Tag Archives | Fascinating

…Gizmodo and Engadget are not friends?

Engadget And Gizmodo

Wired Magazine’s article about the rivalry between Gizmodo and Engadget is a fascinating look at the two kings of tech blogging.

If you’re a fan of either site, then it’s a must read for a look behind the scenes at what makes them tick.

[Wired Magazine – Gear Blog Rivals Engadget and Gizmodo Turn the Competition Up to 11]

…It’s Movie Monday: Black Gold?

Black Gold

Black Gold is “a story about coffee and trade”.

    Multinational coffee companies now rule our shopping malls and supermarkets and dominate the industry worth over $80 billion, making coffee the most valuable trading commodity in the world after oil.

    But while we continue to pay for our lattes and cappuccinos, the price paid to coffee farmers remains so low that many have been forced to abandon their coffee fields.

    Nowhere is this paradox more evident than in Ethiopia, the birthplace of coffee. Tadesse Meskela is one man on a mission to save his 74,000 struggling coffee farmers from bankruptcy. As his farmers strive to harvest some of the highest quality coffee beans on the international market, Tadesse travels the world in an attempt to find buyers willing to pay a fair price.

    Against the backdrop of Tadesse’s journey to London and Seattle, the enormous power of the multinational players that dominate the world’s coffee trade becomes apparent. New York commodity traders, the international coffee exchanges, and the double dealings of trade ministers at the World Trade Organization reveal the many challenges Tadesse faces in his quest for a long term solution for his farmers.

It looks like a fascinating film, and definitely brings light to an issue that few Americans consider while waiting in line at the local Starbucks.

[Black Gold]

…The Bridge and The King of Kong are fantastic documentaries?

I watched two fantastic (and fantastically different) documentaries this weekend, so I’ve decided to make this post a hybrid review of both.

The BridgeFirst, there was The Bridge, a morbid (and controversial) yet fascinating look at those that decide to end their lives by jumping off of the Golden Gate Bridge.

For a year, director Eric Steel aimed his cameras at the majestic and iconic bridge, capturing nearly two-dozen suicides and an equally high number of prevented or failed attempts. Switching between long, beautiful shots of the bridge and close, almost biographical shots of those teetering on the edge of life, it juxtaposes the two sides of the bridge perfectly, and you find yourself engulfed by a landmark with a personality all its own.

The Bridge also features interviews with the friends, family, and loved ones of each jumper, and attempts to explain the story and the history of those featured. You slowly begin to understand a little bit of what each person was going through, and you can see their affect on those around them.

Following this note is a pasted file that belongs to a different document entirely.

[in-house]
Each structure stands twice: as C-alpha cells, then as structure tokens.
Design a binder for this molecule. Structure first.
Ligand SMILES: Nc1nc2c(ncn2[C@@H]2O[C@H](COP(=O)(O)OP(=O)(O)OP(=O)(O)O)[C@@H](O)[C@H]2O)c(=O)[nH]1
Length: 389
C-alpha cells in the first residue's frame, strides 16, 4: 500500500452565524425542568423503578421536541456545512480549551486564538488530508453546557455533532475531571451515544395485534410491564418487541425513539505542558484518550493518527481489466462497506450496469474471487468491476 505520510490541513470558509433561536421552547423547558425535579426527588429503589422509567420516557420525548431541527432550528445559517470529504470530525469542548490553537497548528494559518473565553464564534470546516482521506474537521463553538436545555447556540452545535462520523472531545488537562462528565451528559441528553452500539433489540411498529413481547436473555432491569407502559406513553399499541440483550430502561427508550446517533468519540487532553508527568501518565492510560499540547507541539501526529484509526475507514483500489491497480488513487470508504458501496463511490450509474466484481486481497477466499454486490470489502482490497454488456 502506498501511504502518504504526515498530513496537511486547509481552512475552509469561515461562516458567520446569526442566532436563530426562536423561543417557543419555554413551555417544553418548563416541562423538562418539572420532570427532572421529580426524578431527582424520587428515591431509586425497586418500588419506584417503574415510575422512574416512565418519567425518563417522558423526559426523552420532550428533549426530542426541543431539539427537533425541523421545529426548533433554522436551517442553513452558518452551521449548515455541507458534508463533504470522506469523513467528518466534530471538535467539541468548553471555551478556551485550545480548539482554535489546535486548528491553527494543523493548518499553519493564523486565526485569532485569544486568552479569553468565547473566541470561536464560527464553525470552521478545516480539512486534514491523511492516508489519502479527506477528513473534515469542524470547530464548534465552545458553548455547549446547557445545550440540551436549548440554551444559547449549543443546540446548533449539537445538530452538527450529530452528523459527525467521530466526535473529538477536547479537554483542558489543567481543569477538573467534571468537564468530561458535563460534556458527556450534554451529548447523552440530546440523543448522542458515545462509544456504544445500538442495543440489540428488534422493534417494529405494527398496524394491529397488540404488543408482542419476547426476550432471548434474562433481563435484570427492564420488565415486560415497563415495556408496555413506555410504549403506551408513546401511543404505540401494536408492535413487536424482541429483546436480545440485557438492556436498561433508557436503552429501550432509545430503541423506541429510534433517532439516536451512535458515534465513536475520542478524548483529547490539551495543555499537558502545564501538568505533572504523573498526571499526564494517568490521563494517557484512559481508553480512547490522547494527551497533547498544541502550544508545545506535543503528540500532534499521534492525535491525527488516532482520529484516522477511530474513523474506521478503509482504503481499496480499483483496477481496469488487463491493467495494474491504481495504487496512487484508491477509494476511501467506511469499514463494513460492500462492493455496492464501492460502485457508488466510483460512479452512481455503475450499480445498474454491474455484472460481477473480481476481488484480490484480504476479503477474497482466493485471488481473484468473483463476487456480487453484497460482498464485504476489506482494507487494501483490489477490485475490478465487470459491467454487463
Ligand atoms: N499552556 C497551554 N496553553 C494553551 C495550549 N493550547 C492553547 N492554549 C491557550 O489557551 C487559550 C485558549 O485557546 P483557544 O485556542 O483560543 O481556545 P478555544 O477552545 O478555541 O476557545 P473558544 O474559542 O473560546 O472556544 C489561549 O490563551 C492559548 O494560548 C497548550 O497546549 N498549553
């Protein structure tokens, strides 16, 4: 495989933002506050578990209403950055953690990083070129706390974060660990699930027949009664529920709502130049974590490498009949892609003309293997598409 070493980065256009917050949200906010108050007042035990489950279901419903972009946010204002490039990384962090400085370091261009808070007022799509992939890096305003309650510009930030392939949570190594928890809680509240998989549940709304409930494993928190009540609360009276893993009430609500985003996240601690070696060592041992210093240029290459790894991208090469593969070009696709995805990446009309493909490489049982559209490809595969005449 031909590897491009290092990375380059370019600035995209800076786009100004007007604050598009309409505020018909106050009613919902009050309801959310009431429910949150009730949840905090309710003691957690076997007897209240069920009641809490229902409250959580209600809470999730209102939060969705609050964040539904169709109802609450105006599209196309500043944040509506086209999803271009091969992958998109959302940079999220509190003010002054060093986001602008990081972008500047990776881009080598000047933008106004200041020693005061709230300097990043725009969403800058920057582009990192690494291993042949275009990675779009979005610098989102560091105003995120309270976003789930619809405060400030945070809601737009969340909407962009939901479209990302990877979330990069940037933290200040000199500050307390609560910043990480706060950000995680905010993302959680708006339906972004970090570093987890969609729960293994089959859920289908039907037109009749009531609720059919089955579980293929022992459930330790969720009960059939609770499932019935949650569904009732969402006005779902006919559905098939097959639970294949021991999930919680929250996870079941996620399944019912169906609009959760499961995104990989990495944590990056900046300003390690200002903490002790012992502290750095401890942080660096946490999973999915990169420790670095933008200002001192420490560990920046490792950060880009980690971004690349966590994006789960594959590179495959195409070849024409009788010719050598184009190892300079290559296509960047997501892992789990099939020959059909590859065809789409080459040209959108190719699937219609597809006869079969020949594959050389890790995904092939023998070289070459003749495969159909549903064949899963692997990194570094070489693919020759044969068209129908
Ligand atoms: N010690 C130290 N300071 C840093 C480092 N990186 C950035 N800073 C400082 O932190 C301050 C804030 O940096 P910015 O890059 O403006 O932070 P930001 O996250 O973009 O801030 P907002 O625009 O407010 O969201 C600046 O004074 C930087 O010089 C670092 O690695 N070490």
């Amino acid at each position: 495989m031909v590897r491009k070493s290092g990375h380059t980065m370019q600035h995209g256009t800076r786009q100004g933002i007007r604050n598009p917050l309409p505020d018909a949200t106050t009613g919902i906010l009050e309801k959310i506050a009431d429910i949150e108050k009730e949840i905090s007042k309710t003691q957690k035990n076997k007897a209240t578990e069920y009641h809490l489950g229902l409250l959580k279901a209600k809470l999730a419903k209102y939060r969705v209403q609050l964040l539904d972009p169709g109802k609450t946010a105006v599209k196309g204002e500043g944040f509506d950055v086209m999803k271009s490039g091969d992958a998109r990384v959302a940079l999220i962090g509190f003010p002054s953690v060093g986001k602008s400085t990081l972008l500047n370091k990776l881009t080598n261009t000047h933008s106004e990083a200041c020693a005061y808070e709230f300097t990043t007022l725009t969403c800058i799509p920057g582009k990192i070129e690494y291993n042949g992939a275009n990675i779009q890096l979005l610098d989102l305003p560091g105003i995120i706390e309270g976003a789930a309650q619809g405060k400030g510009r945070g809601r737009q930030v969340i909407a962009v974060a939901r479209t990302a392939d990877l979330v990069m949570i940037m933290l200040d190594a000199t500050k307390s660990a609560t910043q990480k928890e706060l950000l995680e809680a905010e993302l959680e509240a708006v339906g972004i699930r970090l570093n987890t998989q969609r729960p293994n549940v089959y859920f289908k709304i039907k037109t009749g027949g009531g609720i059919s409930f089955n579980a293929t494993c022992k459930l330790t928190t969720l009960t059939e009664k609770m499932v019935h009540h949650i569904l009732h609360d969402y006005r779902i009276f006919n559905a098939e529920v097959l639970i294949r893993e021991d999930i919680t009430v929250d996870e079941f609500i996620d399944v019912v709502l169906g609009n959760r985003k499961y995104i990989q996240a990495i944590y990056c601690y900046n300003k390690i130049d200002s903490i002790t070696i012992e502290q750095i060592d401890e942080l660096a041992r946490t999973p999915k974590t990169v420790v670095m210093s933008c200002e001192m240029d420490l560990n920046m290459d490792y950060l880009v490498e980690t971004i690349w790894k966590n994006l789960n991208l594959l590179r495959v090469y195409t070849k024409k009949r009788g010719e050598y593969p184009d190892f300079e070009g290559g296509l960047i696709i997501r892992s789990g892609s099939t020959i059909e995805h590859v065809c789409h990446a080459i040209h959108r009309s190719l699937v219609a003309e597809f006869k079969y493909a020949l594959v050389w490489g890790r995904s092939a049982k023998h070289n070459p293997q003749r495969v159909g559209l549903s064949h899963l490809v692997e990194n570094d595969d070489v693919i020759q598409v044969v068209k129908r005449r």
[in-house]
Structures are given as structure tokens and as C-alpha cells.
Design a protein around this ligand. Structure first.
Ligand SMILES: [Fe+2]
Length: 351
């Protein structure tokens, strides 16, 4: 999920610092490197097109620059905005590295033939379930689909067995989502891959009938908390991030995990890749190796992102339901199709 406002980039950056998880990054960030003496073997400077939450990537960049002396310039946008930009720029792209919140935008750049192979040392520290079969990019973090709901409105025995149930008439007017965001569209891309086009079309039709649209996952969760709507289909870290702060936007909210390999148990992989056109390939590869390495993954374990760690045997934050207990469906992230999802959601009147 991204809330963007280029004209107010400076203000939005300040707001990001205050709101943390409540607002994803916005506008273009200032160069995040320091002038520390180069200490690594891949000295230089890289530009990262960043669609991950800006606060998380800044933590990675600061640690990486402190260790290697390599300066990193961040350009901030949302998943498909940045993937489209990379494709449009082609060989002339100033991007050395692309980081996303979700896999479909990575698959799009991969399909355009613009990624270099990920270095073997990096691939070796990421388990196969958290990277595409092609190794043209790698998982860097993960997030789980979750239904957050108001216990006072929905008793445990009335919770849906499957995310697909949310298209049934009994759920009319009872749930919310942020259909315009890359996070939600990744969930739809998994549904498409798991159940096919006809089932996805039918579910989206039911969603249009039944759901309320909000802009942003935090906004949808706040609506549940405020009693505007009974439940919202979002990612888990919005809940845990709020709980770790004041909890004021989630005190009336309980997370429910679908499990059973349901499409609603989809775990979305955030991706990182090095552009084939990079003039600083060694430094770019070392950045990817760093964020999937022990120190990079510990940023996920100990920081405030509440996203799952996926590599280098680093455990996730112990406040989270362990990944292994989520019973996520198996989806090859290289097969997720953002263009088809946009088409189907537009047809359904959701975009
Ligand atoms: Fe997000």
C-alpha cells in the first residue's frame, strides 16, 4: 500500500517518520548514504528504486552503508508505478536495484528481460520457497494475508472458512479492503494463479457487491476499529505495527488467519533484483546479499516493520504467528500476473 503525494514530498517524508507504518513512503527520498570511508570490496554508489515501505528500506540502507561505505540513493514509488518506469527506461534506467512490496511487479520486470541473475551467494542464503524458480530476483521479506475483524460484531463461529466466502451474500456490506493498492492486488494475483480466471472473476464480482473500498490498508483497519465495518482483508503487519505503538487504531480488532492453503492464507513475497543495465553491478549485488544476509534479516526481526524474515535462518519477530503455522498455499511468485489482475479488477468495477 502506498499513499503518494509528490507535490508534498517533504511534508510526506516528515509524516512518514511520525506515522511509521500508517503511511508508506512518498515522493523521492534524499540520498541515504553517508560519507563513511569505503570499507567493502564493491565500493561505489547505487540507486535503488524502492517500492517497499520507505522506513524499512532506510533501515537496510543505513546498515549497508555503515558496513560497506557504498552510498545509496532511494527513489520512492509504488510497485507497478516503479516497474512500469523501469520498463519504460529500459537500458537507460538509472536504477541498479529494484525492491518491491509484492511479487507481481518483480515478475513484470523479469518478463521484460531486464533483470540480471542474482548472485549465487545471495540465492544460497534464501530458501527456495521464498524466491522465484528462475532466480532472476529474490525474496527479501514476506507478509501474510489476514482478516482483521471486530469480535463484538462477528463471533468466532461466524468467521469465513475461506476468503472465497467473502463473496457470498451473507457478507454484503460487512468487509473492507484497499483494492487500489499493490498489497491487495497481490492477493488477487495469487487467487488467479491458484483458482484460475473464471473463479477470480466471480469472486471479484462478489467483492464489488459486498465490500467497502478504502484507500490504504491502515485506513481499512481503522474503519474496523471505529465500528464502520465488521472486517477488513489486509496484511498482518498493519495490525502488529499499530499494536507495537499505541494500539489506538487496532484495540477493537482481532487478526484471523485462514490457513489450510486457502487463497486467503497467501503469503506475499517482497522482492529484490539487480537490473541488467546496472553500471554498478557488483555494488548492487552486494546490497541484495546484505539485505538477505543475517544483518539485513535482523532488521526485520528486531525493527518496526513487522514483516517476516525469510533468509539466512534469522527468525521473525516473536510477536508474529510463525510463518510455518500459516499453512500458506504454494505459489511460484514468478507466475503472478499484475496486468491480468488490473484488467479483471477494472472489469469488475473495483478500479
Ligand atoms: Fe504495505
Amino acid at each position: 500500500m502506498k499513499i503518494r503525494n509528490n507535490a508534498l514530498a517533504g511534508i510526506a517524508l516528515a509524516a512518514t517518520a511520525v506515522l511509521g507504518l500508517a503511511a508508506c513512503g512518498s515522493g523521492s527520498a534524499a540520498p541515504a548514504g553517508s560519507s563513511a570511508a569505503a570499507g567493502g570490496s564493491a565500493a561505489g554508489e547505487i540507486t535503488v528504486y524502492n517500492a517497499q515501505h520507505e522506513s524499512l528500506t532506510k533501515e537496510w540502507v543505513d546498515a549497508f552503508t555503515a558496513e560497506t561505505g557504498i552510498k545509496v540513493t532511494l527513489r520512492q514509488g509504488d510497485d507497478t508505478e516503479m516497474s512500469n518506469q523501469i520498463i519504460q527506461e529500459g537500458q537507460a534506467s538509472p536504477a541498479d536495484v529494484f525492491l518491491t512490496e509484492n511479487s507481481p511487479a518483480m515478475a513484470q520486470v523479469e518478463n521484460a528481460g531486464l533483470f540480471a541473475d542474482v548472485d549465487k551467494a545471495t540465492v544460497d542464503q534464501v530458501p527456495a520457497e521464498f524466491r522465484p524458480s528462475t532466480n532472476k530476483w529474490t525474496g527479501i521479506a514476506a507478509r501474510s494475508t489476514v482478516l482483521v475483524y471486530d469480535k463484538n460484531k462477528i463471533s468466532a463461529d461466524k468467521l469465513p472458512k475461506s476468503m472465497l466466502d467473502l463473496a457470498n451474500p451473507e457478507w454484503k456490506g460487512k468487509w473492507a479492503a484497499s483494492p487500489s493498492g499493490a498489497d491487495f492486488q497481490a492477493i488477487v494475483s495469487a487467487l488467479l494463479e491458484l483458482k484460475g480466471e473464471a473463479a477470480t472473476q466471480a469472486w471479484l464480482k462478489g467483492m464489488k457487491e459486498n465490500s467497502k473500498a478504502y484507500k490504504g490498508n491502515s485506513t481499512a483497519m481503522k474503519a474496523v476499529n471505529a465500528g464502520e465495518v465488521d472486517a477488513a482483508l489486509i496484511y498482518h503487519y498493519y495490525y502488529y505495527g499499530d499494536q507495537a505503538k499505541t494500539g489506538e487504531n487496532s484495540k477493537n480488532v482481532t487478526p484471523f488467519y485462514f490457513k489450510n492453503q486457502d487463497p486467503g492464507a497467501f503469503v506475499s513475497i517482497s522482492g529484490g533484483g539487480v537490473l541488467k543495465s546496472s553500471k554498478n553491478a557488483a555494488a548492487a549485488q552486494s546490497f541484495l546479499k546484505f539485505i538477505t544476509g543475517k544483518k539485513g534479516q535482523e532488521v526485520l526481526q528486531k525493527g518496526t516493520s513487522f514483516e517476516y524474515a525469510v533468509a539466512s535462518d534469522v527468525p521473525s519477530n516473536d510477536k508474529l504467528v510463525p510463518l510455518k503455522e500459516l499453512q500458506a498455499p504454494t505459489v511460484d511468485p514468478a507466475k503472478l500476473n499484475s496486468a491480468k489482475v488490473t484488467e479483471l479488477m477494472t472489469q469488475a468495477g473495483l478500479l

And then they jump.

If the thought of watching someone end his or her life in front of an unknown eye disturbs you, then this film is definitely not for you; but if you’re interested in trying to understand what someone goes through at the lowest of lows, then I can’t think of a better way to do it.

King Of Kong: A Fistful Of QuartersSecond, there was King of King: A Fistful of Quarters, a humorous and touching look at those that have decided to dedicate a part of their lives to becoming the best in the world at their classic video game of choice.

The two “stars” are the perfect poster children for a hobby that only a select few find excitement in. Steve Wiebe, the family man who sits in his garage and games away while his family stands by and supports his quest, goes against Billy Mitchell, the long haired hot sauce salesman who has held the title for over twenty years, yet struggles to live up to the crown that he has placed upon his own head.

Though a film about video game records doesn’t exactly sound like an attention grabber, this film manages to capture the heart and soul of each gamer through interviews and over the shoulders in a way that draws you in and makes you a part of the action. You feel for the two men and their quest (along with the handful of supporting characters), and you begin to understand how these games can become a symbol of something more than just the record.

[The Bridge]

[King Of Kong: A Fistful Of Quarters]

[Rotten Tomatoes – The Bridge]

[Rotten Tomatoes – King Of Kong: A Fistful Of Quarters]

…The Bassett Collection is amazing?

The Bassett CollectionThough they’re a bit on the graphic side, the Bassett Collection of dissection photos is a fascinating look into the inner workings of the human body.

Now, thanks to Stanford University Medical Center, you too can view these amazing images on Flickr.

It’s only part of the massive collection, but it’s beautiful in an informative sort of way.

[Flickr – The Bassett Collection]

[Via: Boing Boing]